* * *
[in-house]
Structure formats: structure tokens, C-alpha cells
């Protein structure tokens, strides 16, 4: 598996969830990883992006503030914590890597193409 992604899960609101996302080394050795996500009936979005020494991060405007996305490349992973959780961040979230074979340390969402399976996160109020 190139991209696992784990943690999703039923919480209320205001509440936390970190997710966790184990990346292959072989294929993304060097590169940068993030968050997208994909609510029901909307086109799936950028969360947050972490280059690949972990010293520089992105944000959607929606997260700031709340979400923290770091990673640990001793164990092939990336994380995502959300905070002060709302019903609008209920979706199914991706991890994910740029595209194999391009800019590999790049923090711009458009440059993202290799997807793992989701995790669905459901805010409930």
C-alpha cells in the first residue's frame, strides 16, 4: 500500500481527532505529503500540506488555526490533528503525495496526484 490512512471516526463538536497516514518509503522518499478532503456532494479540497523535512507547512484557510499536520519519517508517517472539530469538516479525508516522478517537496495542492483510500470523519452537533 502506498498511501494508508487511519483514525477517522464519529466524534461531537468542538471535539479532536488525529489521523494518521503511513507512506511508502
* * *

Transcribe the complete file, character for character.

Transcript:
[in-house]
Structure formats: structure tokens, C-alpha cells
């Protein structure tokens, strides 16, 4: 598996969830990883992006503030914590890597193409 992604899960609101996302080394050795996500009936979005020494991060405007996305490349992973959780961040979230074979340390969402399976996160109020 190139991209696992784990943690999703039923919480209320205001509440936390970190997710966790184990990346292959072989294929993304060097590169940068993030968050997208994909609510029901909307086109799936950028969360947050972490280059690949972990010293520089992105944000959607929606997260700031709340979400923290770091990673640990001793164990092939990336994380995502959300905070002060709302019903609008209920979706199914991706991890994910740029595209194999391009800019590999790049923090711009458009440059993202290799997807793992989701995790669905459901805010409930």
C-alpha cells in the first residue's frame, strides 16, 4: 500500500481527532505529503500540506488555526490533528503525495496526484 490512512471516526463538536497516514518509503522518499478532503456532494479540497523535512507547512484557510499536520519519517508517517472539530469538516479525508516522478517537496495542492483510500470523519452537533 502506498498511501494508508487511519483514525477517522464519529466524534461531537468542538471535539479532536488525529489521523494518521503511513507512506511508502